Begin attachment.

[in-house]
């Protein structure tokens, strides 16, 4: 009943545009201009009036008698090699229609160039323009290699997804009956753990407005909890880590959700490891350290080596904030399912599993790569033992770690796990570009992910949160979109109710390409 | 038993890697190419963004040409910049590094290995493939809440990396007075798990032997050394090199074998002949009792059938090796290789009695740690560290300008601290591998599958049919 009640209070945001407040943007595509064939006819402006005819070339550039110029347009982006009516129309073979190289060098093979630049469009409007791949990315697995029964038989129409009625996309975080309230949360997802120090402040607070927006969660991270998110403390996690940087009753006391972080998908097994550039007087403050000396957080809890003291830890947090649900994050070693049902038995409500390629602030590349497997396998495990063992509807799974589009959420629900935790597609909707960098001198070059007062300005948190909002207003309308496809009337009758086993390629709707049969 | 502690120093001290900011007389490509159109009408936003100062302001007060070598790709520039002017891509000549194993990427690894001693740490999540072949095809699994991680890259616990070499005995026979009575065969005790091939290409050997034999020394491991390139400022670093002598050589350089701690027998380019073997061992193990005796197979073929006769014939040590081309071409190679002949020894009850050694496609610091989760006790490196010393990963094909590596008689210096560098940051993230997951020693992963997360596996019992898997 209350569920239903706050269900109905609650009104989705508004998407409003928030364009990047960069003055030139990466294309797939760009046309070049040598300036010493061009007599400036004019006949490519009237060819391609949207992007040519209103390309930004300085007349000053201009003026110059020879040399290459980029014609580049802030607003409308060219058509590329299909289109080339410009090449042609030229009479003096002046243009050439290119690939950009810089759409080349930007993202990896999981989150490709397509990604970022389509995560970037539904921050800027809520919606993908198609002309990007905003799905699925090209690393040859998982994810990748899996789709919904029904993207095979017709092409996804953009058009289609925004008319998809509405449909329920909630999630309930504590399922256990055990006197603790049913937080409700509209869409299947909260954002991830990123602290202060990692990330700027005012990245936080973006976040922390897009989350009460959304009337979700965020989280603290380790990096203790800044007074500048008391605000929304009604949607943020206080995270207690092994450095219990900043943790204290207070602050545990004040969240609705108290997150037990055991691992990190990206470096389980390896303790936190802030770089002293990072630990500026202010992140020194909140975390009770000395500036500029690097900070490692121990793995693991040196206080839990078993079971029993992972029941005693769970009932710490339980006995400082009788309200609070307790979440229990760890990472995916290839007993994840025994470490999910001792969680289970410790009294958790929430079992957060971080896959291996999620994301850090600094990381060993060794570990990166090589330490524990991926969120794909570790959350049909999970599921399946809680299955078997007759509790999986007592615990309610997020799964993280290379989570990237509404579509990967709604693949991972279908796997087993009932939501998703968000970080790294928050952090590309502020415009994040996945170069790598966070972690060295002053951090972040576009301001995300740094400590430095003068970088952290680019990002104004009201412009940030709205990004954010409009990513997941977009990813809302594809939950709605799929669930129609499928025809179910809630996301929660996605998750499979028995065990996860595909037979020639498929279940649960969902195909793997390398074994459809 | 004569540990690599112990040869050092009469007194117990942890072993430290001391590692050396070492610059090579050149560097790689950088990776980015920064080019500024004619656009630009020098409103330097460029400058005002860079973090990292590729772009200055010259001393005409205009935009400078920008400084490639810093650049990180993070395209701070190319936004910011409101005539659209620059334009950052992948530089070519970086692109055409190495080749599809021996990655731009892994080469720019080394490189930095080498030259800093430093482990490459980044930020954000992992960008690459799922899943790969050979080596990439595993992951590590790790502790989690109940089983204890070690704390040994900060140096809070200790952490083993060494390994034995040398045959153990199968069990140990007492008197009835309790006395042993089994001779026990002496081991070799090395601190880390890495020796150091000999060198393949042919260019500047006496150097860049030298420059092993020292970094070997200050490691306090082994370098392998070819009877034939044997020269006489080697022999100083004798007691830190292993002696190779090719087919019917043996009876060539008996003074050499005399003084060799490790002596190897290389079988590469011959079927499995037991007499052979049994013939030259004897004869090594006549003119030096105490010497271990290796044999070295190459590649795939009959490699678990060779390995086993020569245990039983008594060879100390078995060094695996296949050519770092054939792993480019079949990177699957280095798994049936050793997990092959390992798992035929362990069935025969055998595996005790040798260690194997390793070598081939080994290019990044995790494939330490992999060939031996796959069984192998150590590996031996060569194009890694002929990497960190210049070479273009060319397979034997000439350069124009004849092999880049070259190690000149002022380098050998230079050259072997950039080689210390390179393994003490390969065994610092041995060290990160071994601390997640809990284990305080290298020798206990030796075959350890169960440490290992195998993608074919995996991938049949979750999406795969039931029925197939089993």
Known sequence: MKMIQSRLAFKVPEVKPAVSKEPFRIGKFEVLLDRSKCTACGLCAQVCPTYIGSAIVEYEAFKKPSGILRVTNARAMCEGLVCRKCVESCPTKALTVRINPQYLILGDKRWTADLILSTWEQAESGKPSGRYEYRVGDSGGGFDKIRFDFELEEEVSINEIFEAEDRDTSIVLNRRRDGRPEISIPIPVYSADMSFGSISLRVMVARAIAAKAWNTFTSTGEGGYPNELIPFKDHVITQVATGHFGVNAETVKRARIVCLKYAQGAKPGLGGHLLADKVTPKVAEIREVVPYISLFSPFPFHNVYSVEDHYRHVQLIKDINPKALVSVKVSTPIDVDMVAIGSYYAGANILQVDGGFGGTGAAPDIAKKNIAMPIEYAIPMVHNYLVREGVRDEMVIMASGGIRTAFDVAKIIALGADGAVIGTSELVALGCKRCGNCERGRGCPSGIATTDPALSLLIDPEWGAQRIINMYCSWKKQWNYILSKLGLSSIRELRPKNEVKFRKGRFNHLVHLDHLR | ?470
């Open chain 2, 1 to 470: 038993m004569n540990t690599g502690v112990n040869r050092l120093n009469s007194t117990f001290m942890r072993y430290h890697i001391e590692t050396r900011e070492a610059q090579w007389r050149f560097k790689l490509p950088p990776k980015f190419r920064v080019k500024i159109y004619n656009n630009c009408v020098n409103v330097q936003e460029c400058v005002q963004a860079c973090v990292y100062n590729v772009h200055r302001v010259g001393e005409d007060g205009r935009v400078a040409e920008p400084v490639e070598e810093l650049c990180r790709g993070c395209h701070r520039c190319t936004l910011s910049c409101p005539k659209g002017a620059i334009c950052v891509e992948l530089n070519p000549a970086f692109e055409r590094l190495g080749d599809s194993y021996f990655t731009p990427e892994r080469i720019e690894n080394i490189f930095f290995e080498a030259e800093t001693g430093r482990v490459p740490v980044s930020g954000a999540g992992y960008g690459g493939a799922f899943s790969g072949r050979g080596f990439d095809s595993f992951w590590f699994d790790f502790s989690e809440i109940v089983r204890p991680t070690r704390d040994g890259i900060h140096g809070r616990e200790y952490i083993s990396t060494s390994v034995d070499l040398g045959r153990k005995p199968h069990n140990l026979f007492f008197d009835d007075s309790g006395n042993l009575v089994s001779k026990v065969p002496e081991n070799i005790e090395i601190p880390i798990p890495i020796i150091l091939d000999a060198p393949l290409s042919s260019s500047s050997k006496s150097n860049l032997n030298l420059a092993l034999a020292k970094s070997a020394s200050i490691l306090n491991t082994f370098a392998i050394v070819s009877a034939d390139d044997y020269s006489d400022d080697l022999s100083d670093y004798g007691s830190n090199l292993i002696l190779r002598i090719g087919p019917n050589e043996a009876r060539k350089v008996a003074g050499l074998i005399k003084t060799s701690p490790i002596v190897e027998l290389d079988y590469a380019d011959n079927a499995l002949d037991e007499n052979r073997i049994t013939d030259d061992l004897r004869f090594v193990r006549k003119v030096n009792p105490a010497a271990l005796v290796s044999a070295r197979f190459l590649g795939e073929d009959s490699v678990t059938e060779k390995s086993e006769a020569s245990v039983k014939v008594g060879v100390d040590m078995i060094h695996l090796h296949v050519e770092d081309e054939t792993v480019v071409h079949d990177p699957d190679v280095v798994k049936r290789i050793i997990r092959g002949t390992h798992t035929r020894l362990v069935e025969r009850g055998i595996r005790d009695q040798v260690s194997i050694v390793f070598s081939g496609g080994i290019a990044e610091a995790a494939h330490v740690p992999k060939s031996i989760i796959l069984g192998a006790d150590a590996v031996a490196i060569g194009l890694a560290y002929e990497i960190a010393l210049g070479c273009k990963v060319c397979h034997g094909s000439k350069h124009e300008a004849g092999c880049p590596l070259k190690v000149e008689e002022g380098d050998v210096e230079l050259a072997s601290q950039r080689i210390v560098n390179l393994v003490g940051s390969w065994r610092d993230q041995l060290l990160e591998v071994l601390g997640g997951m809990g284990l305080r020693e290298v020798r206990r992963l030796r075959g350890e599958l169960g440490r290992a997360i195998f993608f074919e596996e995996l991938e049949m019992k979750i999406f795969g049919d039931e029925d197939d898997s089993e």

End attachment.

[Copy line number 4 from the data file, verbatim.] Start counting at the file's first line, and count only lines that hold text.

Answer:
């Open chain 2, 1 to 470: 038993m004569n540990t690599g502690v112990n040869r050092l120093n009469s007194t117990f001290m942890r072993y430290h890697i001391e590692t050396r900011e070492a610059q090579w007389r050149f560097k790689l490509p950088p990776k980015f190419r920064v080019k500024i159109y004619n656009n630009c009408v020098n409103v330097q936003e460029c400058v005002q963004a860079c973090v990292y100062n590729v772009h200055r302001v010259g001393e005409d007060g205009r935009v400078a040409e920008p400084v490639e070598e810093l650049c990180r790709g993070c395209h701070r520039c190319t936004l910011s910049c409101p005539k659209g002017a620059i334009c950052v891509e992948l530089n070519p000549a970086f692109e055409r590094l190495g080749d599809s194993y021996f990655t731009p990427e892994r080469i720019e690894n080394i490189f930095f290995e080498a030259e800093t001693g430093r482990v490459p740490v980044s930020g954000a999540g992992y960008g690459g493939a799922f899943s790969g072949r050979g080596f990439d095809s595993f992951w590590f699994d790790f502790s989690e809440i109940v089983r204890p991680t070690r704390d040994g890259i900060h140096g809070r616990e200790y952490i083993s990396t060494s390994v034995d070499l040398g045959r153990k005995p199968h069990n140990l026979f007492f008197d009835d007075s309790g006395n042993l009575v089994s001779k026990v065969p002496e081991n070799i005790e090395i601190p880390i798990p890495i020796i150091l091939d000999a060198p393949l290409s042919s260019s500047s050997k006496s150097n860049l032997n030298l420059a092993l034999a020292k970094s070997a020394s200050i490691l306090n491991t082994f370098a392998i050394v070819s009877a034939d390139d044997y020269s006489d400022d080697l022999s100083d670093y004798g007691s830190n090199l292993i002696l190779r002598i090719g087919p019917n050589e043996a009876r060539k350089v008996a003074g050499l074998i005399k003084t060799s701690p490790i002596v190897e027998l290389d079988y590469a380019d011959n079927a499995l002949d037991e007499n052979r073997i049994t013939d030259d061992l004897r004869f090594v193990r006549k003119v030096n009792p105490a010497a271990l005796v290796s044999a070295r197979f190459l590649g795939e073929d009959s490699v678990t059938e060779k390995s086993e006769a020569s245990v039983k014939v008594g060879v100390d040590m078995i060094h695996l090796h296949v050519e770092d081309e054939t792993v480019v071409h079949d990177p699957d190679v280095v798994k049936r290789i050793i997990r092959g002949t390992h798992t035929r020894l362990v069935e025969r009850g055998i595996r005790d009695q040798v260690s194997i050694v390793f070598s081939g496609g080994i290019a990044e610091a995790a494939h330490v740690p992999k060939s031996i989760i796959l069984g192998a006790d150590a590996v031996a490196i060569g194009l890694a560290y002929e990497i960190a010393l210049g070479c273009k990963v060319c397979h034997g094909s000439k350069h124009e300008a004849g092999c880049p590596l070259k190690v000149e008689e002022g380098d050998v210096e230079l050259a072997s601290q950039r080689i210390v560098n390179l393994v003490g940051s390969w065994r610092d993230q041995l060290l990160e591998v071994l601390g997640g997951m809990g284990l305080r020693e290298v020798r206990r992963l030796r075959g350890e599958l169960g440490r290992a997360i195998f993608f074919e596996e995996l991938e049949m019992k979750i999406f795969g049919d039931e029925d197939d898997s089993e």